Information for Patients
Health Problems in Pregnancy
Every pregnancy has some risk of problems. You may have problems because of a health condition you had before you got pregnant. You could also develop a condition during pregnancy. Other causes of problems during pregnancy can include being pregnant with more than one baby, a health problem in a previous pregnancy, drug use during pregnancy, or being over age 35. Any of these can affect your health, the health of your baby, or both.
If you have a chronic condition, you should talk to your health care provider about how to minimize your risk before you get pregnant. Once you are pregnant, you may need a health care team to monitor your pregnancy. Some common health problems that can complicate a pregnancy include:
- High blood pressure
- Polycystic ovary syndrome
- Kidney problems
- Autoimmune disorders
Other conditions that can make pregnancy risky can happen while you are pregnant - for example, gestational diabetes and Rh incompatibility. Good prenatal care can help detect and treat them.
Some discomforts, like nausea, back pain, and fatigue, are common during pregnancy. Sometimes it is hard to know what is normal. Call your health care provider if something is bothering or worrying you.
Menstruation, or period, is a woman's monthly bleeding.Abnormal vaginal bleeding is different from normal menstrual periods. It could be bleeding that is between periods, is very heavy, or lasts much longer than usual. It also includes bleeding that happens before puberty or after menopause. Causes can include:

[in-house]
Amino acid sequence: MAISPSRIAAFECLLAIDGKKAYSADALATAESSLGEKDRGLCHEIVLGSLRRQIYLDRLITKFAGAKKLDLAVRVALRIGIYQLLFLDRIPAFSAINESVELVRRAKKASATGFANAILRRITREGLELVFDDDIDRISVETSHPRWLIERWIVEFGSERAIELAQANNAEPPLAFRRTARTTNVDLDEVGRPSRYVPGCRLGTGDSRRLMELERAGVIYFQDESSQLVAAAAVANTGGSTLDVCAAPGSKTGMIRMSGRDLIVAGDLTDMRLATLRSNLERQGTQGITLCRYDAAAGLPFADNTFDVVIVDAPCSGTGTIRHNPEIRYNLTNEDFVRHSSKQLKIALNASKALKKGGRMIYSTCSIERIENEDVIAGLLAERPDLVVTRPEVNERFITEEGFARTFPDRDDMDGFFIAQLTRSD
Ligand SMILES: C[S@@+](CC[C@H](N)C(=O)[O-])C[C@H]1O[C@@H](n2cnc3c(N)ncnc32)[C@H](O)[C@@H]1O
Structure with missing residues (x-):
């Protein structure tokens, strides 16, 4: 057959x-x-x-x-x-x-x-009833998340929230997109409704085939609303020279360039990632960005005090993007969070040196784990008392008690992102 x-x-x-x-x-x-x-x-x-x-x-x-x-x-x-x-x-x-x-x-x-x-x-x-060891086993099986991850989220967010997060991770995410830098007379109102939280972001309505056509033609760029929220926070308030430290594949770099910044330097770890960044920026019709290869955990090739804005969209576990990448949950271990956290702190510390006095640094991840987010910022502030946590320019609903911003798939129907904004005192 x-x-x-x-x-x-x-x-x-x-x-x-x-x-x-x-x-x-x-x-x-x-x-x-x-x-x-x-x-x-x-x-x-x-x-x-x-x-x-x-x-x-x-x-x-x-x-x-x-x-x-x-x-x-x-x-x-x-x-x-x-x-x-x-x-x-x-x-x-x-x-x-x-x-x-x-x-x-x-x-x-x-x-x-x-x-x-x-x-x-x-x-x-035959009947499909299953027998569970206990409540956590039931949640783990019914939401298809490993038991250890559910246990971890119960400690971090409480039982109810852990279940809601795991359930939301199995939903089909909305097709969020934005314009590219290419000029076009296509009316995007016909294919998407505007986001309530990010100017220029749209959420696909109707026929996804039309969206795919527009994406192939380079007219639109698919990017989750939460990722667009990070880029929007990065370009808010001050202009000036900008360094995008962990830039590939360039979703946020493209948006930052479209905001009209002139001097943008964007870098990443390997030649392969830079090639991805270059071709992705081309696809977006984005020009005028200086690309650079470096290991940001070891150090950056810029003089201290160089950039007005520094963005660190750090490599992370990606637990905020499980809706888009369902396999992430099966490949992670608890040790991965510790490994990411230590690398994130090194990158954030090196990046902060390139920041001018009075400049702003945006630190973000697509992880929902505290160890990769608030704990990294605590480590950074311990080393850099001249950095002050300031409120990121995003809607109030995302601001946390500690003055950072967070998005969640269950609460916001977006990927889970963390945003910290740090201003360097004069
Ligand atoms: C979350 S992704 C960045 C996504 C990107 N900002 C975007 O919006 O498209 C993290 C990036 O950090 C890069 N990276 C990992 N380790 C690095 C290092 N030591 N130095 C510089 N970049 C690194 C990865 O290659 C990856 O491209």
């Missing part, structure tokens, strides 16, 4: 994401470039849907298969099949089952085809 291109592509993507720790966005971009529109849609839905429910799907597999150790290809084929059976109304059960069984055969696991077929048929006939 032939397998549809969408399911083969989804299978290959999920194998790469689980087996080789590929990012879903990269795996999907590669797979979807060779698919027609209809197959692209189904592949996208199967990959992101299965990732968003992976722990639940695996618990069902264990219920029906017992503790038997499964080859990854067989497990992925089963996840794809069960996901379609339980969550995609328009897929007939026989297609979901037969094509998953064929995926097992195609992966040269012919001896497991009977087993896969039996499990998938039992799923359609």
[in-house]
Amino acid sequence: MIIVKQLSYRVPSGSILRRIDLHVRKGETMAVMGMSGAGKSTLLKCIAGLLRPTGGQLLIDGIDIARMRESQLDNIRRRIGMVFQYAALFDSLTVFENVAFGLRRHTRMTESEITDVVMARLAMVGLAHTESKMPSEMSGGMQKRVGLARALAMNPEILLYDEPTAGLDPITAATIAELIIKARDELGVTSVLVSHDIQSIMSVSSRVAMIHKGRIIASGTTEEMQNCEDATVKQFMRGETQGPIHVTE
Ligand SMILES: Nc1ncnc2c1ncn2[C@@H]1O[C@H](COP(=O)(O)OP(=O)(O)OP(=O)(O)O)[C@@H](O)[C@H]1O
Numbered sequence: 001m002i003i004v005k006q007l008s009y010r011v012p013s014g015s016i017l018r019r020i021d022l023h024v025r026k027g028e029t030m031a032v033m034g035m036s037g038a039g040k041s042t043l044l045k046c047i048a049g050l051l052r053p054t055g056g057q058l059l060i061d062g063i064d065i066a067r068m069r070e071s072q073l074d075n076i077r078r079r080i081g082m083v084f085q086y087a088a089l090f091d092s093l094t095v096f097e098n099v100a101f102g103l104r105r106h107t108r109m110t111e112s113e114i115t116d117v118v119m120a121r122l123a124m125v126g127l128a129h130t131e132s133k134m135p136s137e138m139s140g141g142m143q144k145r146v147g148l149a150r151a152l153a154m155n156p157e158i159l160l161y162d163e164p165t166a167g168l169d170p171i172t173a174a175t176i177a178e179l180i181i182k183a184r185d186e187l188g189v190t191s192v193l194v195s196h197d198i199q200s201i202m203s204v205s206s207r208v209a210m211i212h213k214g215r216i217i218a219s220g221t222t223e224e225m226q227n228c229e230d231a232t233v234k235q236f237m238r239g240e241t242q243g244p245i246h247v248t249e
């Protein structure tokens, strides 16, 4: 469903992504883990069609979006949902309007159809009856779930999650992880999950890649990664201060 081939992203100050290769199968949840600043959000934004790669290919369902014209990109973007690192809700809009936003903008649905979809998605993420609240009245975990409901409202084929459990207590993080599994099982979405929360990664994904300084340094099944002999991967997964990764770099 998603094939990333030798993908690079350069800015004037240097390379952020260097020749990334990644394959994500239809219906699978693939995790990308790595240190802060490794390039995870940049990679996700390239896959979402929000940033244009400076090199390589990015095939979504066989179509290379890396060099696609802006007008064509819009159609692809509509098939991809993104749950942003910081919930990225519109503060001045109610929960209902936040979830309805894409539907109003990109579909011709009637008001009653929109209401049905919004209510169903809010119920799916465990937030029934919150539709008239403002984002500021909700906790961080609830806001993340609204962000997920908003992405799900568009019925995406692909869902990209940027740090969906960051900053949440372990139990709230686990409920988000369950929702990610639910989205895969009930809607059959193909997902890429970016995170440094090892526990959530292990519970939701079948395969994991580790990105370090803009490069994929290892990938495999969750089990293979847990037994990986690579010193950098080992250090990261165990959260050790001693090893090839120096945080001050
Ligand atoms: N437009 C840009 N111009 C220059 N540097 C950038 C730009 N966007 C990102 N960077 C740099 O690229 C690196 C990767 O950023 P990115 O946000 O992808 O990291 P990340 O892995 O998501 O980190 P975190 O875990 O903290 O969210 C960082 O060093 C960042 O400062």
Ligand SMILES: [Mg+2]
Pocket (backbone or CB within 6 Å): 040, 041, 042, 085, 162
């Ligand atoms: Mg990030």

- Uterine fibroids or polyps
- Hormone problems
- Hormone pills, such as birth control pills and hormone replacement therapy (menopausal hormone therapy)
- Cancer of the cervix, ovaries, uterus or vagina
- Thyroid problems
Bleeding during pregnancy can have several different causes. It is not always serious, but to be safe you should contact your health care provider right away.
Pelvic exams, blood tests, imaging tests, and other procedures can help your health care provider diagnose the problem. Treatment depends on the cause. Treatments may include medicines, hormones, and surgery.
General Equivalence Map Definitions
The ICD-9 and ICD-10 GEMs are used to facilitate linking between the diagnosis codes in ICD-9-CM and the new ICD-10-CM code set. The GEMs are the raw material from which providers, health information vendors and payers can derive specific applied mappings to meet their needs.
- Approximate Flag - The approximate flag is on, indicating that the relationship between the code in the source system and the code in the target system is an approximate equivalent.
- No Map Flag - The no map flag indicates that a code in the source system is not linked to any code in the target system.
- Combination Flag - The combination flag indicates that more than one code in the target system is required to satisfy the full equivalent meaning of a code in the source system.